HOPPER: It made you nervous?

STEWART: Yeah. I’m just sort of intimidated by kids. I didn’t know what to say.

HOPPER: Well, thank you for doing that. So how are you doing?

STEWART: I’m pretty good. I’m not very good at interviews, but this is a trip. Why in god’s name did you want to do this? You have no idea how cool this is for me.

HOPPER: Well, you’re a really good actress. And my daughter is your biggest fan, so I th











Kstew(interview mag)




Kstew(interview mag)





Kristen Stewart on the cover of interview mag.


The first decade of the 21st century, which is about to draw to a close, is in serious danger of being remembered as the time when fame was measured in pokes, tweets, and the ability to parlay a death-defying (and sometimes not so death-defying) degree of persona recklessness into a reality-television deal. But just as the door was about to slam shut on the double aughts, in walks—or, more appropriately, saunters—Kristen Stewart.

At 19, Stewart has already earned a place in the annals of pop-culture history. This is due to her starring role in Twilight, which—in case you’ve somehow managed to elude word of its all-encompassing death grip on young America—is a film based on the first in a series of very popular books about vampires, werewolves, and teenage life in the town of Forks, Washington. Stewart’s character, Bella Swan, is a newcomer to Forks who is forced to cope with the dueling pressures of starting life at a new school and the fact that her prospective boyfriend, the rakish Edward Cullen (played by the rakish Robert Pattinson), is a 104-year-old undead bloodsucker.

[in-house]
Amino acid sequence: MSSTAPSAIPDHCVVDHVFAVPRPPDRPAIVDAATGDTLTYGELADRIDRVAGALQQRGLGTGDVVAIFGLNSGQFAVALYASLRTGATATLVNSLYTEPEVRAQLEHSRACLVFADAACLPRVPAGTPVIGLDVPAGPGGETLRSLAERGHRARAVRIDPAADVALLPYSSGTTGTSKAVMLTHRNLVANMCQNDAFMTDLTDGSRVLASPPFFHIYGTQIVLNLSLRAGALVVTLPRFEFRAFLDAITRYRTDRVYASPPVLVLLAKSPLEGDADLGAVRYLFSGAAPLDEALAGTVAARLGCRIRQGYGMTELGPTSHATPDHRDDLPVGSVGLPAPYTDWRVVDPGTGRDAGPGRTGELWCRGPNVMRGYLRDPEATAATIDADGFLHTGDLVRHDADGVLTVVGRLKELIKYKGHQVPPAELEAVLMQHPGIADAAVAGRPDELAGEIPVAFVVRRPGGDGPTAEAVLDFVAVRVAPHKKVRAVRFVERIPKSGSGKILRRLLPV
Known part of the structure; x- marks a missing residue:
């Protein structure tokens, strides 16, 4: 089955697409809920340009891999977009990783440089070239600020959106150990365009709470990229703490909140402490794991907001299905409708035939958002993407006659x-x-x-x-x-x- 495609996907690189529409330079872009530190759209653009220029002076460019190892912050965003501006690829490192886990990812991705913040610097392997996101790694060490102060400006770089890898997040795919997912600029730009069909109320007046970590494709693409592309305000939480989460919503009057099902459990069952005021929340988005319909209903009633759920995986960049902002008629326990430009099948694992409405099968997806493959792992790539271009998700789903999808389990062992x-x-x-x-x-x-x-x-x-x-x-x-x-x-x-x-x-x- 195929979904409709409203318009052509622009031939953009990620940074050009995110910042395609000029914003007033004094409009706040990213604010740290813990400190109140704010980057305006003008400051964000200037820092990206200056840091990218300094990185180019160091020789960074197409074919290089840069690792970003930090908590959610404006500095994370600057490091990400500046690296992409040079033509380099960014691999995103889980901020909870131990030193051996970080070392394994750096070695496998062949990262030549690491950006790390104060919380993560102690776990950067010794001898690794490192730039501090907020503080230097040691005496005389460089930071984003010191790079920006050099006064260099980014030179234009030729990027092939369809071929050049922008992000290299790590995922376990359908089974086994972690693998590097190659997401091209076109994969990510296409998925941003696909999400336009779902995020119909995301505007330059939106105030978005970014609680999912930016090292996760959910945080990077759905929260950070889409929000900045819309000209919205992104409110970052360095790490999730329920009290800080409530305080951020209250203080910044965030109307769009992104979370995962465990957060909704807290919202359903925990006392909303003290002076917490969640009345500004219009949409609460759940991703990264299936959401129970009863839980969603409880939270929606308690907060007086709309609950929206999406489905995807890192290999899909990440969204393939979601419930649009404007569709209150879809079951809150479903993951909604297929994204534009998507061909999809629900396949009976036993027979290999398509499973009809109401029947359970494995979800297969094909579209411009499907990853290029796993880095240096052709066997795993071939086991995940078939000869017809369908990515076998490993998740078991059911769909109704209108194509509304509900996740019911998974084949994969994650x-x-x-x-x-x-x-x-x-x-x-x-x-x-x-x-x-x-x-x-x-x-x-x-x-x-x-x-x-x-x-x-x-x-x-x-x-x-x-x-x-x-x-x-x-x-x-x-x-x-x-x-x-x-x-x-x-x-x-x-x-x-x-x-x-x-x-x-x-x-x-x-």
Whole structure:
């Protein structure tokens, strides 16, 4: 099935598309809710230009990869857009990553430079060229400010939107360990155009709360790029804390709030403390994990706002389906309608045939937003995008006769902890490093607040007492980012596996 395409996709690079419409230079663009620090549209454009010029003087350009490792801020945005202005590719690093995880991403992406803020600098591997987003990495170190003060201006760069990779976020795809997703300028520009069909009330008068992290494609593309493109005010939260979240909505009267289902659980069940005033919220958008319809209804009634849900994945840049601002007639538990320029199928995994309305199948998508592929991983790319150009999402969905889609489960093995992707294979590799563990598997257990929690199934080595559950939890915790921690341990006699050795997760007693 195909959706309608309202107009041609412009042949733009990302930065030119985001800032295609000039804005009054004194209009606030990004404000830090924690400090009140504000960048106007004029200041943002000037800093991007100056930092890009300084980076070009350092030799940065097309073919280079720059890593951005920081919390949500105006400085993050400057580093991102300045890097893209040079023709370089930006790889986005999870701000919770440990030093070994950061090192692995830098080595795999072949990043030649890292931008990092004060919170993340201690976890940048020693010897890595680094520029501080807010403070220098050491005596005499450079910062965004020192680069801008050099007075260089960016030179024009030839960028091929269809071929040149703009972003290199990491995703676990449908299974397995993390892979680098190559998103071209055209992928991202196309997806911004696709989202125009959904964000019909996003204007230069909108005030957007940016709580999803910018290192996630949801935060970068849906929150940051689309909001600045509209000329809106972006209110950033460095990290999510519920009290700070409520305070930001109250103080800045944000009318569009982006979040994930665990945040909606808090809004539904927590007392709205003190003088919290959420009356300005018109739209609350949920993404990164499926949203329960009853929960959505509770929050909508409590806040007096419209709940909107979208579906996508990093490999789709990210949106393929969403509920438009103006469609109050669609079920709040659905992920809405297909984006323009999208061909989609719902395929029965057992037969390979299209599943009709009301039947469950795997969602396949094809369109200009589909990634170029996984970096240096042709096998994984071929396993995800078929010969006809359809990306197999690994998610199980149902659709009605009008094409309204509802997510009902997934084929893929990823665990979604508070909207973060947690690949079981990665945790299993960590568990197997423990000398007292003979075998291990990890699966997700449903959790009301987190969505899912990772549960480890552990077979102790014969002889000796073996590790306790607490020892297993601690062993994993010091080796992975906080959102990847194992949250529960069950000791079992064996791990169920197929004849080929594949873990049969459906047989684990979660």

Given Twilight’s preoccupation with the timeless themes of misunderstood youth, troubled young love, and the intervening forces of darkness, the film’s success isn’t all that surprising. (To date, it has grossed more than $380 million worldwide.) Nor is the fact that more Twilights are in the offing: A second installment, New Moon, hits theaters in November, and a third, Eclipse, is due out next year. But the growing size and complexity of the Twilight machine has had some unavoidable implications:

In the last 12 months, Stewart has become a tabloid regular and a blog-stalked cynosure. The fact that her Twilight character is romantically linked to Pattinson’s in the film has also fueled nonstop speculation that they are involved in real life. BUYING A HOUSE? and GETTING MARRIED? were just a couple of the early autumn headlines. Between filming Twilight sequels, Stewart did a turn as Joan Jett in Floria Sigismondi’s new rock-band biopic The Runaways; even her hair for the film—which was chopped and dyed to mimic Jett’s late-’70s shag—inspired reams of media critique.